My Brother Michael

For years I always remembered My Brother Michael as one of Mary Stewart’s more ‘boring’ romances. Then one day I re-read it and wondered what that had all been about, because it was absolutely fantastic.

Mary Stewart, My Brother Michael

It’s a low-key kind of romance, so maybe I was too young the first time, wanting something more exciting, and not getting it. I used to think of the hero, Simon, as someone who wasn’t terribly fanciable. Possibly even a little boring. How wrong a witch-in-waiting can be!

But then, I myself am so boring that I would never do what Camilla does. Barely hesitating when offered the keys to a car that needs to be driven to Delphi for someone by the name of Simon, she gets in the car and off she goes.

Well, it saves money and she’s low on funds. She’s also low on self-esteem, having a recently broken engagement behind her, and her travelling companion had to cancel. Naturally she runs into Simon, who may or may not be the Simon the car is intended for.

As your typical ‘macho’ Classics teacher, Simon takes over. He’s in Greece to look into the death of his brother Michael many years earlier. This being a romantic mystery there is plenty that goes wrong, before it goes right.

Those English school teachers are really something! And there is yet another ‘charming young man’, of the kind Mary Stewart does best. With colourful socks.

This Rough Magic

Mary Stewart, This Rough Magic

Sometimes in Shakespeare I come across a quote I recognise, and I say to myself, ‘that’s a Mary Stewart title’. Which of course is the wrong way round to look at things. Or perhaps it isn’t. Why shouldn’t I learn about Shakespeare through my other reading?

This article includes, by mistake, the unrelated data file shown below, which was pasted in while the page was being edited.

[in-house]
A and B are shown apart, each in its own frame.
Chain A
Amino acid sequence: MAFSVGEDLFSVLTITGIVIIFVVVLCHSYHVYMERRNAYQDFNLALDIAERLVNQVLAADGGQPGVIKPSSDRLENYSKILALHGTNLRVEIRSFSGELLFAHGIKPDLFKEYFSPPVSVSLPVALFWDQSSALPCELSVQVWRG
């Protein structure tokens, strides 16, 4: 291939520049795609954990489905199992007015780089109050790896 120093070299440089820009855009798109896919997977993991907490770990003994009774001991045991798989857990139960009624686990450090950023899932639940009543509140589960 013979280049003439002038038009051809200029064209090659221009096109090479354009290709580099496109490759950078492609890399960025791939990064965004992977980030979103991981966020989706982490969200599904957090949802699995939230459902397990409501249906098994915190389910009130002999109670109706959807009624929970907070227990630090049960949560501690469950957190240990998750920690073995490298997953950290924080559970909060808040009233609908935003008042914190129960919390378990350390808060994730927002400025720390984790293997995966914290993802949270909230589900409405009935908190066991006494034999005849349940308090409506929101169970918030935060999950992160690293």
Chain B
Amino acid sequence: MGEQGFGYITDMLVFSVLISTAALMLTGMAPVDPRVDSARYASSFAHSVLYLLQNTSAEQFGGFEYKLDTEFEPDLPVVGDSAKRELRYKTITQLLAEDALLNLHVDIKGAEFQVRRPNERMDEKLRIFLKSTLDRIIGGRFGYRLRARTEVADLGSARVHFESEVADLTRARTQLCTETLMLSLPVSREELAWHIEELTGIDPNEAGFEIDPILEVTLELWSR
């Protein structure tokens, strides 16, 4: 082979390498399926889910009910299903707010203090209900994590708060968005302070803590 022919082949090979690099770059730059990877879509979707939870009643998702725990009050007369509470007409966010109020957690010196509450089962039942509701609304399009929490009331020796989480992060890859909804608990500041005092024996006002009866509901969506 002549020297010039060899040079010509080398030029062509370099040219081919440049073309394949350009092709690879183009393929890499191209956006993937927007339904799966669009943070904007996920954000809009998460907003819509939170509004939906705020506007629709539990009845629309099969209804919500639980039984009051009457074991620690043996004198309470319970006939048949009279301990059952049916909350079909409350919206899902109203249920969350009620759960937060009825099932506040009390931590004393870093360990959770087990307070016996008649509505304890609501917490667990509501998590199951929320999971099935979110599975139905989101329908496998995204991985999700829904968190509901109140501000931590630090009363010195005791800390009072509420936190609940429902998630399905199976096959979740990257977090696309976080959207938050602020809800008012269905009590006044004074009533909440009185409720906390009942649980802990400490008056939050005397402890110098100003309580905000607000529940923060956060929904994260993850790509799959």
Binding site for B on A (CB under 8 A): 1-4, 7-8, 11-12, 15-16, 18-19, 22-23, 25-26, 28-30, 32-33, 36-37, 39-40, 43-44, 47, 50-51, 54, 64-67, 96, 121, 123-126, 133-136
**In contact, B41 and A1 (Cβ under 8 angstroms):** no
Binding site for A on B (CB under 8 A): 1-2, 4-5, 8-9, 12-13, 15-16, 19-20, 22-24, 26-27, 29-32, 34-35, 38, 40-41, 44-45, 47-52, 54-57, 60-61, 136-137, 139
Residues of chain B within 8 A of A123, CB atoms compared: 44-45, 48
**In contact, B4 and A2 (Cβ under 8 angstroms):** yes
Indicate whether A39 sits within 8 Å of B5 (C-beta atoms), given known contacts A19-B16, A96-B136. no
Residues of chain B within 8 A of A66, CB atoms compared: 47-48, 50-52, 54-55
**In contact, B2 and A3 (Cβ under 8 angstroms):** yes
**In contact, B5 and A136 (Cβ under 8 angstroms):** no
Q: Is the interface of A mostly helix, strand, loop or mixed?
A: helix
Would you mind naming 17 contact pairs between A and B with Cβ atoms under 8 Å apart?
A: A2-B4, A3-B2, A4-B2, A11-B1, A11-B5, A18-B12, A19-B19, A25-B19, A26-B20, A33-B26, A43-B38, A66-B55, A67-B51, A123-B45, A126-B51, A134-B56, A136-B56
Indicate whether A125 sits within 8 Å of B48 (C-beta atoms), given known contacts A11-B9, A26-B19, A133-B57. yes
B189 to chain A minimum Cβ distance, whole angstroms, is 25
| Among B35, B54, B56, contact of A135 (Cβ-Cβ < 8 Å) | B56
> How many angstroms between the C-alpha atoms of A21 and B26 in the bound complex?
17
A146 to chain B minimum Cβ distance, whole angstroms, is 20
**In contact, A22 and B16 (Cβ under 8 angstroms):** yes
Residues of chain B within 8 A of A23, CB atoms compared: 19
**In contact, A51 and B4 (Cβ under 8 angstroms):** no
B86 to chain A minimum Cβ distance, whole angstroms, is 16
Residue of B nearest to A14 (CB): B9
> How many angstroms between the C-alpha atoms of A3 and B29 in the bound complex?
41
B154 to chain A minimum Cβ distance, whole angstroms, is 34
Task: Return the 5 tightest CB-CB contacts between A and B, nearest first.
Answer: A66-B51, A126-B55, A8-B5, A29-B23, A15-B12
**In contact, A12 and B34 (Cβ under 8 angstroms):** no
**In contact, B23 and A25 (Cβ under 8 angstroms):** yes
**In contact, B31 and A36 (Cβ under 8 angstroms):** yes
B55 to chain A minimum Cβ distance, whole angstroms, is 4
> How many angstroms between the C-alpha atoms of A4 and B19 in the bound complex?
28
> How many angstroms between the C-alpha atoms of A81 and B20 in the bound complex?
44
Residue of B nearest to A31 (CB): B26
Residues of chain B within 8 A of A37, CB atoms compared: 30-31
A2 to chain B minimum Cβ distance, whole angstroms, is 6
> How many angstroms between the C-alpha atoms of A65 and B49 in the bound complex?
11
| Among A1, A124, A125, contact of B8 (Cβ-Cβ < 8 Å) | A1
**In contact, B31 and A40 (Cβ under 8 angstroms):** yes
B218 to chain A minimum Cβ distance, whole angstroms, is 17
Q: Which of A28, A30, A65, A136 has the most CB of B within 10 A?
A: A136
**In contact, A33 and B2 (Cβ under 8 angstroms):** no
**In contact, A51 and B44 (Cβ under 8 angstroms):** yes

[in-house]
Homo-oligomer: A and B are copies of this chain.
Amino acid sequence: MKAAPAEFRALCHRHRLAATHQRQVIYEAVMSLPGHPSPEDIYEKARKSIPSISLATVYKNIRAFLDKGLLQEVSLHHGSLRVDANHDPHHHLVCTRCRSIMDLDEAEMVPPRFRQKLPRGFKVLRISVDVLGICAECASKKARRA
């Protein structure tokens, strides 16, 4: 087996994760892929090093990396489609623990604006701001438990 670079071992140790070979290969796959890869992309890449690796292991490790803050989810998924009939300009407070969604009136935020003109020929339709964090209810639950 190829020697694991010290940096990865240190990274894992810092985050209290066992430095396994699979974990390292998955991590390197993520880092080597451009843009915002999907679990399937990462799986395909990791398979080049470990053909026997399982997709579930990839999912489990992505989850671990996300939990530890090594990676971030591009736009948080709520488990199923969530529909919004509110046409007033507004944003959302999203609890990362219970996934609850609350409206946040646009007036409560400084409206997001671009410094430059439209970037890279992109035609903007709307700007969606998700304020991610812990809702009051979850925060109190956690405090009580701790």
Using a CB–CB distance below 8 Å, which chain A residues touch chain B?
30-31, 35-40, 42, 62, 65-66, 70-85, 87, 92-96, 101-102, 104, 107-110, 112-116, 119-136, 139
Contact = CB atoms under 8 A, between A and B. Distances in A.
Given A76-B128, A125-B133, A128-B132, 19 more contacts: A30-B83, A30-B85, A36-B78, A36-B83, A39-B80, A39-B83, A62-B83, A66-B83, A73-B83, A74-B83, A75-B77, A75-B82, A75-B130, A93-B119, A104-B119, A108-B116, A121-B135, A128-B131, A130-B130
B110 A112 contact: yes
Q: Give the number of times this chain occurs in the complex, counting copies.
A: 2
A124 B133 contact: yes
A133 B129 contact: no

Anyway, I did. And in This Rough Magic it’s The Tempest all the way. This being a romance, we have Lucy who is ‘resting’ from her acting career, and has come to Corfu, where her sister lives, to do the resting. One of the neighbours just happens to be the Shakespeare actor of all times, Sir Julian Gale. And he just happens to have a handsome son, Max Gale.

And the neighbourhood just happens to have mystery involving twins and with a handsome young Greek by the name of Adonis.


Lucy – obviously – stumbles straight into this mystery, and Max – obviously – is also involved, somehow.

It wasn’t just old Shakespeare quotes, though. I learned about the fancy things old actors have in their bathrooms, too. They had many bathrooms, even in those days, or perhaps especially in those days of the early 1960s. They could afford to be rich then. And charming.

Oh, to be able to rattle off a whole lot of Shakespearian quotes!

The Moonspinners

Crete is where sausages wander around in the open air. Well, not really, but it’s one of the things that made a lasting impression on me all those years ago.

Mary Stewart, The Moonspinners

The Moonspinners is my third favourite Mary Stewart. I have been running across that dry Cretan landscape many, many times, although so far always in my dreams. If you’re in luck you could stumble across some wounded and handsome man in dire need of a torn petticoat. I’ve always wondered how you go about tearing up clothing for dressings, suspecting the fabric would withstand such a noble sacrifice.